A Court of Many Opinions

June 26, 2022

by Stephen Stofka

In the past two decades the Roberts’ court has overturned several long standing court precedents and laws. In Heller and Citizens United, the court has favored the greatest degree of individual freedom in their reading of the 1st and 2nd Amendment. In this week’s 5-4 decision to overturn Roe, the court has chosen the least amount of individual freedom in their interpretation of the 14th Amendment. In his concurring opinion, Justice Clarence Thomas stated a desire to overturn other court precedents based on the 14th Amendment. In 2013, the court’s Shelby decision overthrew portion of the Voting Rights Act based on the 14th Amendment.

Before overturning the “separate but equal” doctrine that had been in place for five decades, newly appointed Chief Justice Earl Warren delayed the Brown v. Board of Education decision by six months to try and convince two of the justices to change their vote and make the decision unanimous. Warren demonstrated a respect for the principle of stare decisis that the Roberts court does not have. This week’s decision overturned five decades of legal precedent on a 5-4 vote. At Scotusblog, Amy Howe (2022) notes the disagreement among the justices as to what their decision means going forward.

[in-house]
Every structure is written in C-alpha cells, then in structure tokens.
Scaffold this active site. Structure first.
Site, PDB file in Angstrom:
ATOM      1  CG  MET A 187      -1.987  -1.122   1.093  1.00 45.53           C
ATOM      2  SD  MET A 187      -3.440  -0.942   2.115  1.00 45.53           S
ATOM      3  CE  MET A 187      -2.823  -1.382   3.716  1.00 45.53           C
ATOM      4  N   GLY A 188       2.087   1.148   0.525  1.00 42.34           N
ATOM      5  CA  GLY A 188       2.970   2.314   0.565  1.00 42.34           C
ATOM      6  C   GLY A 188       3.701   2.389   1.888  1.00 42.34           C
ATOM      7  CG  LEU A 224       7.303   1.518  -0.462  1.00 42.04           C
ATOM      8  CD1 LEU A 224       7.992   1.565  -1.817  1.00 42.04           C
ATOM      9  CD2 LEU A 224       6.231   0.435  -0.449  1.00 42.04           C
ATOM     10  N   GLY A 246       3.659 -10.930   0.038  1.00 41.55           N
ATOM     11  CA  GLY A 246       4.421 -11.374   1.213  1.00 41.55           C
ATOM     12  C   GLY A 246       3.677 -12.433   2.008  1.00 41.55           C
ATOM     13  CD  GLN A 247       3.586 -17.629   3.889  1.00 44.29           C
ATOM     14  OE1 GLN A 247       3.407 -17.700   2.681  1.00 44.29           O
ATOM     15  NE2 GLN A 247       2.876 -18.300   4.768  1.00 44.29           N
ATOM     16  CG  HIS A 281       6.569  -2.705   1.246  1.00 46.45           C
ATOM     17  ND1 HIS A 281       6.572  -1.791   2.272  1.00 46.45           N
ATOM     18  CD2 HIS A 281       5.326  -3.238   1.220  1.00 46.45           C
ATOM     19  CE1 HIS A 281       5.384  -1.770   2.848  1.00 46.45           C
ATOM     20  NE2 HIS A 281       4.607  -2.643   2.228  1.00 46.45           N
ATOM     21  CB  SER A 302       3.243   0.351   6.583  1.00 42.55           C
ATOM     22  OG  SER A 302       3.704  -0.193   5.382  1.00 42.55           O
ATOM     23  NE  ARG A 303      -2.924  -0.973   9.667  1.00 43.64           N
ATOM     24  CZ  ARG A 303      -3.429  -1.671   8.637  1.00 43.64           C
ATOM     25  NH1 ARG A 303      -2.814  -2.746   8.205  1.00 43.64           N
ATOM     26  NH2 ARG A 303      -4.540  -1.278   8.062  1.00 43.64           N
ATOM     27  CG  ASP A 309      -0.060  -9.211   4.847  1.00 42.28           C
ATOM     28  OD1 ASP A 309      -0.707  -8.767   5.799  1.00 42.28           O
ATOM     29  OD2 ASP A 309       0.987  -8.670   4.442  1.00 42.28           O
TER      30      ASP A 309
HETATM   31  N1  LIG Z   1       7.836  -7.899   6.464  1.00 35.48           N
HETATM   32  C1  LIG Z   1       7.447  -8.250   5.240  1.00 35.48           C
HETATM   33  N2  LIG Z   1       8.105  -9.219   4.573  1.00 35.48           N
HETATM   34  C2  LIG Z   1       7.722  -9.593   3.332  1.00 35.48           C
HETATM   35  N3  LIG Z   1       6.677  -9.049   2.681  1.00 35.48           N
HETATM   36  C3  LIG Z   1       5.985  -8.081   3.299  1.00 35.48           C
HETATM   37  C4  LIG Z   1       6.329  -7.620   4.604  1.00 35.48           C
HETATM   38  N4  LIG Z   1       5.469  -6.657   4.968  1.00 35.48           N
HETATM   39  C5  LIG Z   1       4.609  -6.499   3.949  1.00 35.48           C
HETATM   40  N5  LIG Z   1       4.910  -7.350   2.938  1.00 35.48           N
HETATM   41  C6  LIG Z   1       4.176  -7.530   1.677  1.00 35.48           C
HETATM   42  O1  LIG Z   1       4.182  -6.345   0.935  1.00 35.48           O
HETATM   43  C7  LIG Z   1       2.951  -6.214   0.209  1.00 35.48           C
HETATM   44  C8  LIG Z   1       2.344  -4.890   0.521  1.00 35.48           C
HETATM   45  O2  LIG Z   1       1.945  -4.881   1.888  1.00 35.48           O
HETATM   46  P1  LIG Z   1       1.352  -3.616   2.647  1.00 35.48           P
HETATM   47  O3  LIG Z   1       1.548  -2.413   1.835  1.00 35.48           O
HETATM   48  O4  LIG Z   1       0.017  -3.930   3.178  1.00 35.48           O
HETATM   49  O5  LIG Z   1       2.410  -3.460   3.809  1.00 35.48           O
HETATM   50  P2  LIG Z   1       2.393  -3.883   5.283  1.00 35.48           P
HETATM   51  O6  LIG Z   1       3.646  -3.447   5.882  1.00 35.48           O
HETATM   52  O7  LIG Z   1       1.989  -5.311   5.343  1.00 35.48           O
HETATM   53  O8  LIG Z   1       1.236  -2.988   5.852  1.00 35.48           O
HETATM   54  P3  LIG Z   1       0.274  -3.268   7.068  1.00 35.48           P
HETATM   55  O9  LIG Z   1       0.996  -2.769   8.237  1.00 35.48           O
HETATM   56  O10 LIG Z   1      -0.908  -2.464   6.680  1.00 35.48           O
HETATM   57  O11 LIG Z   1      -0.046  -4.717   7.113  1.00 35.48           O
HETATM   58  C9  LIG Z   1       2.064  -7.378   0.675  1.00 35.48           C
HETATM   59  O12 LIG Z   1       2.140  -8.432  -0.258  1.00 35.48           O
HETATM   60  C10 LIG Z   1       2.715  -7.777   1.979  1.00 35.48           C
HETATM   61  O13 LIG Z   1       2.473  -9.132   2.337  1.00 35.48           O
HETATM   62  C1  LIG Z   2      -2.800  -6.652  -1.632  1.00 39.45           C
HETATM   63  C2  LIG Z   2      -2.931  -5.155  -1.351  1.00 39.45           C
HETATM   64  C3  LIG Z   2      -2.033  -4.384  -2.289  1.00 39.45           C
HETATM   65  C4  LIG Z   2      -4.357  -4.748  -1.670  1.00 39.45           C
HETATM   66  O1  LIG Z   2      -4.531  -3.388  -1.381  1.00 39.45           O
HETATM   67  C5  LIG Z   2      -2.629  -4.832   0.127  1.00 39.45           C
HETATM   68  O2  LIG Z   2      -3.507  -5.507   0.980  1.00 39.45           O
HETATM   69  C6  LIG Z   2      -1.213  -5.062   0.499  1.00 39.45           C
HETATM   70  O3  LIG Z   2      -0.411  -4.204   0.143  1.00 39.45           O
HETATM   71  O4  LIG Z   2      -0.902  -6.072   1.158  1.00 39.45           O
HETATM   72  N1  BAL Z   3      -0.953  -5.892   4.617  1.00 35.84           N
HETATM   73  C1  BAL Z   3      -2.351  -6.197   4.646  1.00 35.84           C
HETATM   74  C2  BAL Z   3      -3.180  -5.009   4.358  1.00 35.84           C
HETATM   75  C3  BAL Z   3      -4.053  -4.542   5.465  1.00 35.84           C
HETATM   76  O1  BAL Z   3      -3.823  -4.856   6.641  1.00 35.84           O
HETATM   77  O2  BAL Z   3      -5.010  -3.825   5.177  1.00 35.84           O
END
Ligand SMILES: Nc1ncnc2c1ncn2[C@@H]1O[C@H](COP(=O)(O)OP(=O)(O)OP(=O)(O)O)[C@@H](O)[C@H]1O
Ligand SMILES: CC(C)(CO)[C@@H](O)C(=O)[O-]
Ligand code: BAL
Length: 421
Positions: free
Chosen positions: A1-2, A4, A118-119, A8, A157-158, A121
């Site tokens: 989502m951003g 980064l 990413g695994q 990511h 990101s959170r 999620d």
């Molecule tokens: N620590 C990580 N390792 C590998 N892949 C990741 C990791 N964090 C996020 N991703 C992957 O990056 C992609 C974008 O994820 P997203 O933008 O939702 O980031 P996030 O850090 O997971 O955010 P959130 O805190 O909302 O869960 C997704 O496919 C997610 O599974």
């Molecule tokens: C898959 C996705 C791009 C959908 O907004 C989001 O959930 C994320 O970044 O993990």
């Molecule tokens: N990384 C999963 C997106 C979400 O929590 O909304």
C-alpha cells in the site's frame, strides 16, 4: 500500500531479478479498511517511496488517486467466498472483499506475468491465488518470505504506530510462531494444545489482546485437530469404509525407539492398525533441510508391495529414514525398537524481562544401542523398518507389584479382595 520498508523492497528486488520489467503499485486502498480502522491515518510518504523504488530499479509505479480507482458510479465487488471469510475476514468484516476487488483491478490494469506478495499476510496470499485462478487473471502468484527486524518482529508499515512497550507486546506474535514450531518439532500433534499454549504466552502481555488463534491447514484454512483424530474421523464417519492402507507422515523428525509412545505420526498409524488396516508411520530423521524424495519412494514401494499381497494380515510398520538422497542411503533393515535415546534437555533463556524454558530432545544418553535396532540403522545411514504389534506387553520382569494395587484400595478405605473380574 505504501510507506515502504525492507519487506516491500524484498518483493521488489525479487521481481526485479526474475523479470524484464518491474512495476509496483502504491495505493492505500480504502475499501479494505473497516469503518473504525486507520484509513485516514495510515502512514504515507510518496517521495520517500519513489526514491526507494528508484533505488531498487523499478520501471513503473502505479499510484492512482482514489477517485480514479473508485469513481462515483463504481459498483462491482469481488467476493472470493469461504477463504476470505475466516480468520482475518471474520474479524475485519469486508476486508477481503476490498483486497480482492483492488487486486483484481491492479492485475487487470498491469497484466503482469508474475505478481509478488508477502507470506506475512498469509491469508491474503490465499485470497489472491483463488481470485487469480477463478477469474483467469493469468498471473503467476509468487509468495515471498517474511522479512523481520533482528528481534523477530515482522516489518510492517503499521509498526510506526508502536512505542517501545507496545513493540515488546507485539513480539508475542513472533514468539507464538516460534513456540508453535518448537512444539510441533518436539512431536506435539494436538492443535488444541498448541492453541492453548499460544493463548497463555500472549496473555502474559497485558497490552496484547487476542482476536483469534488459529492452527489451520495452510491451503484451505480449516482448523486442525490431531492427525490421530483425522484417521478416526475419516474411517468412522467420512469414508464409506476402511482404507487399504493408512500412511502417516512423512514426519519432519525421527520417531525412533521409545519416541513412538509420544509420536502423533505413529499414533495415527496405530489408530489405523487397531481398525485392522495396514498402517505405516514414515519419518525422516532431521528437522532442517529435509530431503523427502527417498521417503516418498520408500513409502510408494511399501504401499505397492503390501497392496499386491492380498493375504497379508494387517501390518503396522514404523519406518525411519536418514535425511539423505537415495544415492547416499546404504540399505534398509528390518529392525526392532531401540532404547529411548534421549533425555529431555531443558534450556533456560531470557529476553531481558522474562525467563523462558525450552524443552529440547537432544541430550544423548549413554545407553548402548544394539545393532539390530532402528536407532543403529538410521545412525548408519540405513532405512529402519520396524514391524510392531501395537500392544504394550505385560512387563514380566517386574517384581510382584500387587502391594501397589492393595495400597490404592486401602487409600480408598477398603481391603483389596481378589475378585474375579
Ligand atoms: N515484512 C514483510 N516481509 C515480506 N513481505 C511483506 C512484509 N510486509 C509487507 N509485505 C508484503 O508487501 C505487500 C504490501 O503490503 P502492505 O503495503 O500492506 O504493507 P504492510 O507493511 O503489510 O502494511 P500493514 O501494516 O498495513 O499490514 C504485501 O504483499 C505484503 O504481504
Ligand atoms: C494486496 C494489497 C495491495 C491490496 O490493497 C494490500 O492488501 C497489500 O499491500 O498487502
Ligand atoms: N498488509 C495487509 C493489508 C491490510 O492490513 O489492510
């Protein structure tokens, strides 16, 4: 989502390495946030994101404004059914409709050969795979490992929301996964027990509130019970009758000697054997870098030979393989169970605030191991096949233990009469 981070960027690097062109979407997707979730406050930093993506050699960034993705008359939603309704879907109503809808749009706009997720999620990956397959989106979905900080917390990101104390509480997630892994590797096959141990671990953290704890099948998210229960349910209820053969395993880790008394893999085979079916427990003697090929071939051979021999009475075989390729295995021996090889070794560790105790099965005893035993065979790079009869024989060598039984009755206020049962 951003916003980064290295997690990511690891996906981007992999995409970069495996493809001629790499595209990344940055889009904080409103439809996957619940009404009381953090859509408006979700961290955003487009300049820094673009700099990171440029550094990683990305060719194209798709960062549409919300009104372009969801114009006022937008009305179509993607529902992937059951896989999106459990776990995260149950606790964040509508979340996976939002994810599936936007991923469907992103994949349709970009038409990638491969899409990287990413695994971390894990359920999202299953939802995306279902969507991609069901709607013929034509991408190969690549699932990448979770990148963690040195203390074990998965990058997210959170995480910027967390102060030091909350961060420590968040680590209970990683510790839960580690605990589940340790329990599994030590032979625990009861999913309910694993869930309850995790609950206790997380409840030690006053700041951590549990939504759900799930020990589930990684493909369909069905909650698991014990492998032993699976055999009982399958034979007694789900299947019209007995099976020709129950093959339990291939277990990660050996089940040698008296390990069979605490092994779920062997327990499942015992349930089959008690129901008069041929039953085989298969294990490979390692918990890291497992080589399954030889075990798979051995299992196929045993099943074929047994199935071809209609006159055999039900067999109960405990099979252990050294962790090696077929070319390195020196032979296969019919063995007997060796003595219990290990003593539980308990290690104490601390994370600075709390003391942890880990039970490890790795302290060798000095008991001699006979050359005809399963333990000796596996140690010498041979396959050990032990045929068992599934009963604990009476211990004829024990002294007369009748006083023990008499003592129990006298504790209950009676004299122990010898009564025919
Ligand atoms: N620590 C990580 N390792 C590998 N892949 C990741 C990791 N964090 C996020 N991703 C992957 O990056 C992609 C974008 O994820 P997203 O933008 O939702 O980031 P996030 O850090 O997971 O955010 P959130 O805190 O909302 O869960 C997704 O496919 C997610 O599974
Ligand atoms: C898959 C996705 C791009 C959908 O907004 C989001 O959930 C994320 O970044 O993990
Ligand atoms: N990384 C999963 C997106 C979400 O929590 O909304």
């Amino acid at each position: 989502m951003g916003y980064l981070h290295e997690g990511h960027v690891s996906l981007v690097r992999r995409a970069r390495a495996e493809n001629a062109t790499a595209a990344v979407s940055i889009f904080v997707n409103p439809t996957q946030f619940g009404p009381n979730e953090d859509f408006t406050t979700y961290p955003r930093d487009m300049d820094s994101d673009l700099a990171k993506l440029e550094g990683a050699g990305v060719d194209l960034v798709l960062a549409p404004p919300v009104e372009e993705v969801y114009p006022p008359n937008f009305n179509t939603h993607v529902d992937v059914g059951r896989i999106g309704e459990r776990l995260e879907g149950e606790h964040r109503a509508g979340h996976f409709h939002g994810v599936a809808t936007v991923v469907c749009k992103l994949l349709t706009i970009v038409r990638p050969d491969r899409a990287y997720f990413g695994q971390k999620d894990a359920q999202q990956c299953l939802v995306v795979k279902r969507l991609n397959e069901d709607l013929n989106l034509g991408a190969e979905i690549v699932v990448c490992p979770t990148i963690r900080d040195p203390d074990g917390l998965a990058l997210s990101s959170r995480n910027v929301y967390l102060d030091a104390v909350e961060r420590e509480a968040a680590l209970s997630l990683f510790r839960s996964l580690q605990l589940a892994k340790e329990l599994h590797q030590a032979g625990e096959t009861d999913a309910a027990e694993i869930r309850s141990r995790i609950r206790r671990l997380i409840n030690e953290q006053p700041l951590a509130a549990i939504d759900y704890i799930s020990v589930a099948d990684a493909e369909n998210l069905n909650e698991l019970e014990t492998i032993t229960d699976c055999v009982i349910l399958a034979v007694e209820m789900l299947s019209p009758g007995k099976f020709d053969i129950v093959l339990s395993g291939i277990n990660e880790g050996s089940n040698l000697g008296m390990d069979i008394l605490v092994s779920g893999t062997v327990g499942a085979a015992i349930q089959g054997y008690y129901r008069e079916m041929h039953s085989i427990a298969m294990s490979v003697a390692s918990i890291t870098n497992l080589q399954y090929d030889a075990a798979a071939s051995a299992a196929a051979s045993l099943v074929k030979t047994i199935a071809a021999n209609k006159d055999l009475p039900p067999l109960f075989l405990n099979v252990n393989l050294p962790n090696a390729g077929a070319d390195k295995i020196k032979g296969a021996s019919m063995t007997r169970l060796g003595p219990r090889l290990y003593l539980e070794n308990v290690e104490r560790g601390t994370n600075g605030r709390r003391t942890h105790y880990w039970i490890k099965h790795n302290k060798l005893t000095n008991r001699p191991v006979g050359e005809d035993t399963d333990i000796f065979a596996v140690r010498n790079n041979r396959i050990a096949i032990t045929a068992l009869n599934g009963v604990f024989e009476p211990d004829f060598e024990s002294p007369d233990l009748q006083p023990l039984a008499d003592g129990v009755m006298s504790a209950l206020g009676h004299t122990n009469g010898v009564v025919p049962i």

The six conservative members of the Supreme Court are members of the Federalist Society. Each working day of the session they gather in a candle lit chamber in the basement of the Supreme Court Building and kneel down before the Grand Jurist of the Federalist Society.

“Do you believe in the sanctity of the text?” they are asked and each affirms their belief.
“Do you swear to only write opinions and never write law?” the Grand Jurist asks and they each swear an oath.

Around each neck, an acolyte drapes a necklace adorned with eyes of newt, the claw of an eagle, the eye of a falcon. Each jurist will deftly weave through the jungle of legal texts like a newt. Each jurist will grasp the text’s relevant truth like an eagle. Each jurist will have the wide vision but narrow focus of a falcon.

Each jurist puts their thumbs and forefingers together to form the letter “O.” “Do you swear to observe the commandments of Originalism?” the Grand Jurist asks and each affirms obedience. Each justice stands and is wrapped in the black robe of objective jurisprudence based on the meaning of the original text as the lawmakers understood it. They bow to the Grand Jurist and are escorted to their individual chambers.